61 At the time of our reckoning, people from the outlying towns of Tel-melah, Tel-harsha, Cherub, Addon, and Immer came into Jerusalem. Their names, however, could not be found in the official record, and they had no records of their own to prove they had descended from the families of Israel. This group included 62 the descendants of Delaiah, Tobiah, and Nekoda and totaled 642 people. 63 Three families claiming to come from priestly families also returned: Hobaiah’s, Hakkoz’s, and Barzillai’s descendants. (Barzillai had married a woman descended from Barzillai of Gilead—he took her name as his own). 64 After searching the genealogical records they, too, were unable to find their names, and so they were considered impure and disqualified from serving in the priesthood. 65 As the governor appointed by Persia,[a] I ordered them not to eat any of the sacred food set apart for priests until a priest could be found to consult God on this matter with the sacred stones, Urim and Thummim.
Much like the Urim and Thummim, the exact identity of this book of the law (8:3) cannot be positively known. Most assume this law is some form of the Pentateuch, the first 5 books of the Old Testament. Those books are the foundational principles for the Jews’ proper worship of God, containing some 613 specific laws, so it is likely the text (or at the very least the knowledge) of the Pentateuch would have survived the exile because of its importance. Priests would have cared for it and not let the laws be completely forgotten among their people.
Because of their separation from Jerusalem and the destruction of the temple, proper worship of God has been impossible during the exile. After 100 years in foreign lands, the layperson may have remembered to observe the major laws such as “Do not murder,” but the details of festivals and Sabbath observance are surely forgotten. So, many years later, it only takes half a day of reading to remind the Jews of their covenant with God and reinvigorate them to serve Him.
Not much is known about these ancient divination devices called Urim and Thummim. They are first mentioned in Exodus as 28:30 when God is giving Moses instructions on the clothing for the high priest. These tools were to be carried in the breast piece of judgment, and presumably were only used by the high priest. Suggestions as to their form and function come from the discovery of similar devices in other cultures of the ancient Near East. They may have been flat stones painted different colors, metal objects engraved with symbols, large dice, small sticks, or anything else imaginable. However they may have relayed God’s will, they were clearly effective tools used to discover God’s will in political situations.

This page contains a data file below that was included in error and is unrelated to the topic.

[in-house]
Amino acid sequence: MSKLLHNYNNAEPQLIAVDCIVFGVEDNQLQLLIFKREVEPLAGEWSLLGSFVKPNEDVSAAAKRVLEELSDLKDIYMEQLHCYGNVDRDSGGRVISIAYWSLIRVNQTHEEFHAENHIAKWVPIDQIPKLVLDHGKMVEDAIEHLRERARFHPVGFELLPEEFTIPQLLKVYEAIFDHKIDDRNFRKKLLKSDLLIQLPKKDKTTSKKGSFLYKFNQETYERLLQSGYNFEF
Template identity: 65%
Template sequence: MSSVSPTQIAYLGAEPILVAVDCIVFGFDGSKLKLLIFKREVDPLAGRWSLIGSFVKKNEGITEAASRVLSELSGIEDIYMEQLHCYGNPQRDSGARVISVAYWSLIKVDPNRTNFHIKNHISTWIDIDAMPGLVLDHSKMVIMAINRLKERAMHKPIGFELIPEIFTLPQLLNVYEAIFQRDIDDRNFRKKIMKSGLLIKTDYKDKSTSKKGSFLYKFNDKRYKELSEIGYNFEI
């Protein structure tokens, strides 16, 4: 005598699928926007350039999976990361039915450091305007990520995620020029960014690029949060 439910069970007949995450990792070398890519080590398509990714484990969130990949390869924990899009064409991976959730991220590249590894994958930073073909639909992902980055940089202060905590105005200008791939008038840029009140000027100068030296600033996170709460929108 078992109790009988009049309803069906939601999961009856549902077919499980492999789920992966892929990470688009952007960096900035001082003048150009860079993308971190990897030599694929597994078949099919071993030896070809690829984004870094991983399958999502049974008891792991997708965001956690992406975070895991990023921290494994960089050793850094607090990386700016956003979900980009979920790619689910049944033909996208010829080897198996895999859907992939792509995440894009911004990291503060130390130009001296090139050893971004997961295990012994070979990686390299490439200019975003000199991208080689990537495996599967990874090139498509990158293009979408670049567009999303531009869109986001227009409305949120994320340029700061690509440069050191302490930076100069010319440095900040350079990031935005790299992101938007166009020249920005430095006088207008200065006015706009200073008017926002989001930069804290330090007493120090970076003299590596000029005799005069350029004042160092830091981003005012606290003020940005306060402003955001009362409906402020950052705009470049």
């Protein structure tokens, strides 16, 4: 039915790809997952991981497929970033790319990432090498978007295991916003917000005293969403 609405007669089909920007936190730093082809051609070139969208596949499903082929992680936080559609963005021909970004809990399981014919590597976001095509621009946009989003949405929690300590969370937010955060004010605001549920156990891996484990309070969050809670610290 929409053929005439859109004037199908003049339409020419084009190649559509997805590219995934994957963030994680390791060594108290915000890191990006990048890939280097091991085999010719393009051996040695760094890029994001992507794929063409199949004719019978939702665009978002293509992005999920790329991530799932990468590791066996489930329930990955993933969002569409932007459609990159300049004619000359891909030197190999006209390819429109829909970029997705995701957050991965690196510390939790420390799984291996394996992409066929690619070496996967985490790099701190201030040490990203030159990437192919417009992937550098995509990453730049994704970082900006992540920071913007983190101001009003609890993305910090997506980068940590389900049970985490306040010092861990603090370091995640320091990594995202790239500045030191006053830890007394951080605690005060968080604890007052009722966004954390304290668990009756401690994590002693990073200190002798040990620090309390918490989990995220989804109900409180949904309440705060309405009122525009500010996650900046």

66 When our census was complete, we numbered 42,360, 67 as well as the 7,337 male and female servants, 245 male and female singers, 68 and many animals: 736 horses, 245 mules, 69 435 camels, and 6,720 donkeys.
70 Some of the heads of families made contributions so that the work we had begun could continue. As the governor, I contributed 1,000 gold coins, 50 gold bowls, 30 priests’ robes, and 630 pounds of silver.[b] 71 Then other family leaders began to give too: 20,000 gold coins and roughly 2,750 pounds of silver. 72 Together the rest of the community added 20,000 gold coins, 2,500 pounds of silver, and 67 priestly robes. 73 Then the priests, the Levites, the gatekeepers, the singers, the temple servants, many common folk, and the rest of Israel returned to live in their towns. This was finished by the beginning of the seventh month.